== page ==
Right now, the United States economy is not at a point where inflation is a serious threat. Unemployment is a problem. The country is not in a recession, but it is growing very slowly and this causes the unemployment rate to be higher than it should be.
A country is in a recession if its real Gross Domestic Product (GDP) has been declining for the two most recent quarters (6 months). This is not the case in the US. GDP is increasing, albeit at a slow rate. When the economy is growing only very slowly, there is not generally any worry about inflation because inflation is typically caused (though not always) by too much economic activity and too little unemployment.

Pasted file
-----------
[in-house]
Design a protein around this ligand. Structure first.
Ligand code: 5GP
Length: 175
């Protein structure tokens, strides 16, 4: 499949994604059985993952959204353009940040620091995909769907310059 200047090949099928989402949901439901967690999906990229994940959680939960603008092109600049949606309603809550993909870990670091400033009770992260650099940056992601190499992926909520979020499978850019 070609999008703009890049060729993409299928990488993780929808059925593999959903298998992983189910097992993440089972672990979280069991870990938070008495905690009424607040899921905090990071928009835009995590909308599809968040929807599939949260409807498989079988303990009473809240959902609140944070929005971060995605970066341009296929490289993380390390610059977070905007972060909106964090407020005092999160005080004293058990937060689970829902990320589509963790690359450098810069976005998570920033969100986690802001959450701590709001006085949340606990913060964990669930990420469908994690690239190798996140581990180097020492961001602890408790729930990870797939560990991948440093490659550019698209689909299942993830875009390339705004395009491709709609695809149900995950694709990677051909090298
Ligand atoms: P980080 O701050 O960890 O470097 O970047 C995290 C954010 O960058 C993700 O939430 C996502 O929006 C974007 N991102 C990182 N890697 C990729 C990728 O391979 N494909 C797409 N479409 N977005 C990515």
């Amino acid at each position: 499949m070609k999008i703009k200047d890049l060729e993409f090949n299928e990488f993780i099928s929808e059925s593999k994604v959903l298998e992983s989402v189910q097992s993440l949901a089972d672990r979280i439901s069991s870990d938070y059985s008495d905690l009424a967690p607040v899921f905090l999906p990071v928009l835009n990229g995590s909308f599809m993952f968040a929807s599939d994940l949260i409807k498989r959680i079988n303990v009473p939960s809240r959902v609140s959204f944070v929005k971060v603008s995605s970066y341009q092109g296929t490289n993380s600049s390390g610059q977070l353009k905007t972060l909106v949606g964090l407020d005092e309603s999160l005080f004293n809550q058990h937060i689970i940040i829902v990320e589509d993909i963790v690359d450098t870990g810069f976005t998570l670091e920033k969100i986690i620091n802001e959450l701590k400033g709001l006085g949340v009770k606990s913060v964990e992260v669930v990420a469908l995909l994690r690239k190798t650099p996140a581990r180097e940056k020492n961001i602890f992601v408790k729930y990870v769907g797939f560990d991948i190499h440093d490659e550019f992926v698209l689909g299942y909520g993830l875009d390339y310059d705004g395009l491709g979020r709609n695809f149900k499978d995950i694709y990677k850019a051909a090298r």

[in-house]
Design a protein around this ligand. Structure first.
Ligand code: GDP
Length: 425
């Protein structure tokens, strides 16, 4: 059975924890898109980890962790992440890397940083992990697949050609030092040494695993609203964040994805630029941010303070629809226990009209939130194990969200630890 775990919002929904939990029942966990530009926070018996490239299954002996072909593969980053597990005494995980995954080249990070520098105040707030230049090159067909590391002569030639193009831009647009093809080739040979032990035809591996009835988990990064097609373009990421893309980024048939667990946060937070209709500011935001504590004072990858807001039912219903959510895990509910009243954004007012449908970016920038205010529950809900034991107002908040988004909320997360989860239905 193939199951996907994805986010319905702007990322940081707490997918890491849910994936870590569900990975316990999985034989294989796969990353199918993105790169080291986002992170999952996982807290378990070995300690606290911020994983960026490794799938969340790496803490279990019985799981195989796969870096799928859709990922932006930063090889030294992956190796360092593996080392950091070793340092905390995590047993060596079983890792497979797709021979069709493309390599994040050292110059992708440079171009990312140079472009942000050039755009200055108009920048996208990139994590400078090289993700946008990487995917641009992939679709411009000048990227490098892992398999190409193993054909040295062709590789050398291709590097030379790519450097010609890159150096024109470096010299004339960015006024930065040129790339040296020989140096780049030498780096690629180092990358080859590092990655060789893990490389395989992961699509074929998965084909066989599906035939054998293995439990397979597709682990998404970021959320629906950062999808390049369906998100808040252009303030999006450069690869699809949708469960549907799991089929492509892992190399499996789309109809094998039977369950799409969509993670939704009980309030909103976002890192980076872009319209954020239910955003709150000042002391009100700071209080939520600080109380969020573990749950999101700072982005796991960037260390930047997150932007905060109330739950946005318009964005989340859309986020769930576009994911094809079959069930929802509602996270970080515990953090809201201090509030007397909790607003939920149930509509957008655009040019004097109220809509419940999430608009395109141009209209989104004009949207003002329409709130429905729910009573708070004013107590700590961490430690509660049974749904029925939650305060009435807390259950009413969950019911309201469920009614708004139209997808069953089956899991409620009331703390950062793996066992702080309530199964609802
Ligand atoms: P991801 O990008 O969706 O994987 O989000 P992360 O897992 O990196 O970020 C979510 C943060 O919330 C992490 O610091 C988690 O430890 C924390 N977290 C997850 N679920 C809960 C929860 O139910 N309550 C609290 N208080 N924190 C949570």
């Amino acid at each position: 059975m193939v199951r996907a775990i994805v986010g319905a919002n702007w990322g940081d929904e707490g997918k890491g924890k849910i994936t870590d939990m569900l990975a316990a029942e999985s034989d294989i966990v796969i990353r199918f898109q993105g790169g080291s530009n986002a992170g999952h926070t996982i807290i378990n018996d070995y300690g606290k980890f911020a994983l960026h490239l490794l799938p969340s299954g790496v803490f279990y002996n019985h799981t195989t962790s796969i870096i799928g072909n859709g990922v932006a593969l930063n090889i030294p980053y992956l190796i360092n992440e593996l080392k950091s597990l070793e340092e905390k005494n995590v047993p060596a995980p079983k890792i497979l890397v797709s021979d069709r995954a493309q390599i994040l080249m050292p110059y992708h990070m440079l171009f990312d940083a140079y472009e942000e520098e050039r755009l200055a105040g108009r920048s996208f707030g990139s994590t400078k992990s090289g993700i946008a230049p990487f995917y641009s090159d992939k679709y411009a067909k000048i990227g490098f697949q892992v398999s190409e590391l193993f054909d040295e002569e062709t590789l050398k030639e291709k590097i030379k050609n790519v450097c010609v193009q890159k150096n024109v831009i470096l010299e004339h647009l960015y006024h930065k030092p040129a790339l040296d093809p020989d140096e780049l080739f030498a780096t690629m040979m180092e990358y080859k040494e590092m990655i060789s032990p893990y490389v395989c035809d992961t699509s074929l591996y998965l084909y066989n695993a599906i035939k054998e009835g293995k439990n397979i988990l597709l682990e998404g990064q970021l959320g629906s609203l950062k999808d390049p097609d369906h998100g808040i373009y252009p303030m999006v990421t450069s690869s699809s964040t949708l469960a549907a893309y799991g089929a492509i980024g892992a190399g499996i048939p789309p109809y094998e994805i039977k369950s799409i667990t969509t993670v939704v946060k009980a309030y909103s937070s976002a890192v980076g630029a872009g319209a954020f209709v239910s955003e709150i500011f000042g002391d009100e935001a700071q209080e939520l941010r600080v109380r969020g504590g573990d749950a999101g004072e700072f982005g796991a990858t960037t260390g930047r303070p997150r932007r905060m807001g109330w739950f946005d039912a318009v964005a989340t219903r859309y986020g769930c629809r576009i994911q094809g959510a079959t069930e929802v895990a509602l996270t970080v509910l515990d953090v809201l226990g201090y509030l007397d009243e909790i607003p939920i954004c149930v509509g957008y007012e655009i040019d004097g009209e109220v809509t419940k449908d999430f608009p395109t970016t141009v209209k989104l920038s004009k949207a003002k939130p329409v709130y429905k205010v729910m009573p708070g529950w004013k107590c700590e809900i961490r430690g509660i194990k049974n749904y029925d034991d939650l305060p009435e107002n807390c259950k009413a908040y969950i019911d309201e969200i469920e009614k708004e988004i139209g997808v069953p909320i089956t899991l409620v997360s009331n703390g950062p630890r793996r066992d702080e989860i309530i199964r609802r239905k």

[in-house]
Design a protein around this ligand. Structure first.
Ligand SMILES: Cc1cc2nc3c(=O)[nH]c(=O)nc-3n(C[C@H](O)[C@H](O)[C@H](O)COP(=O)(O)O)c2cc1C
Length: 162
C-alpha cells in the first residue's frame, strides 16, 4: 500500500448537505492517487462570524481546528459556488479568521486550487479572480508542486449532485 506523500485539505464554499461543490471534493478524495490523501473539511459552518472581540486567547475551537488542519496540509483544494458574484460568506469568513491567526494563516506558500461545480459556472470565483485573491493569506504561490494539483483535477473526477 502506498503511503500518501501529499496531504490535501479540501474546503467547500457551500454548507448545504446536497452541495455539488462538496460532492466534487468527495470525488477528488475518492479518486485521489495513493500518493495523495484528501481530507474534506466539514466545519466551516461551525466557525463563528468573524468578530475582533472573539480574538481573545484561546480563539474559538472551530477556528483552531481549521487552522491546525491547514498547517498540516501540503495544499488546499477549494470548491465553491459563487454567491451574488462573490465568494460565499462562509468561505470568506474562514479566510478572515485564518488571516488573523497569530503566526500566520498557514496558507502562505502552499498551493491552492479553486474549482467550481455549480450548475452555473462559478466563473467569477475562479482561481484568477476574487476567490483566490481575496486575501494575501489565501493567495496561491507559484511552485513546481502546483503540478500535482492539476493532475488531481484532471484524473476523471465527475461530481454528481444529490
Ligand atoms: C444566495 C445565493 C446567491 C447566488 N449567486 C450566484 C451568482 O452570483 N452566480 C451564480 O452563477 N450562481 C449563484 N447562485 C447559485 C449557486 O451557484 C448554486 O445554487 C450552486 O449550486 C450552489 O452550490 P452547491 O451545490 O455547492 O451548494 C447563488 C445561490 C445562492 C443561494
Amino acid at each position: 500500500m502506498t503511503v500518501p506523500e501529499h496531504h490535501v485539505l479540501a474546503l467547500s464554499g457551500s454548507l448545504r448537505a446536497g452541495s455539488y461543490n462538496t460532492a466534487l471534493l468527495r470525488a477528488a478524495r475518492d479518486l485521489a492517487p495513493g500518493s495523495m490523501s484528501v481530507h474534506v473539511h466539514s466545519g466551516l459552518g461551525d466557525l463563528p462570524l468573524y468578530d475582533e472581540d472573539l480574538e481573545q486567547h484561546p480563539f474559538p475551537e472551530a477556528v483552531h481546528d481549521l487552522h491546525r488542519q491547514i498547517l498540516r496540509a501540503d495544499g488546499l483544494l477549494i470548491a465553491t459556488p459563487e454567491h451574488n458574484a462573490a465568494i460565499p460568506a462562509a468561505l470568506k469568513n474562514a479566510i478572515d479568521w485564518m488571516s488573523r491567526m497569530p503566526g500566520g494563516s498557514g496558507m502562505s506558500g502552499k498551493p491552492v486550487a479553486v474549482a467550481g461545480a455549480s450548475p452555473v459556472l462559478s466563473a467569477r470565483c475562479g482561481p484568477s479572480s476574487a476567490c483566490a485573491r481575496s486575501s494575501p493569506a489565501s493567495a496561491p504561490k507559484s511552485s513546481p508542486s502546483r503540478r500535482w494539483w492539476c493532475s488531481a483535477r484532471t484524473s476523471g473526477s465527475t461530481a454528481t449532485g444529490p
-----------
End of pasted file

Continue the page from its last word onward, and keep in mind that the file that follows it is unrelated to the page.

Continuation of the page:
Because the economy is growing very slowly, unemployment is too high. It is about 7.6% right now, when we have been used to rates that are around 5%. With the economy growing slowly, there is also concern that it could slip back into a recession, particularly since there is so much economic instability in Europe and because our own Congress is having a hard time devising policies to lower our deficit spending.
Thus, of the options given, the US is worried about unemployment and is worried about slipping into a recession even though we are not in a recession now.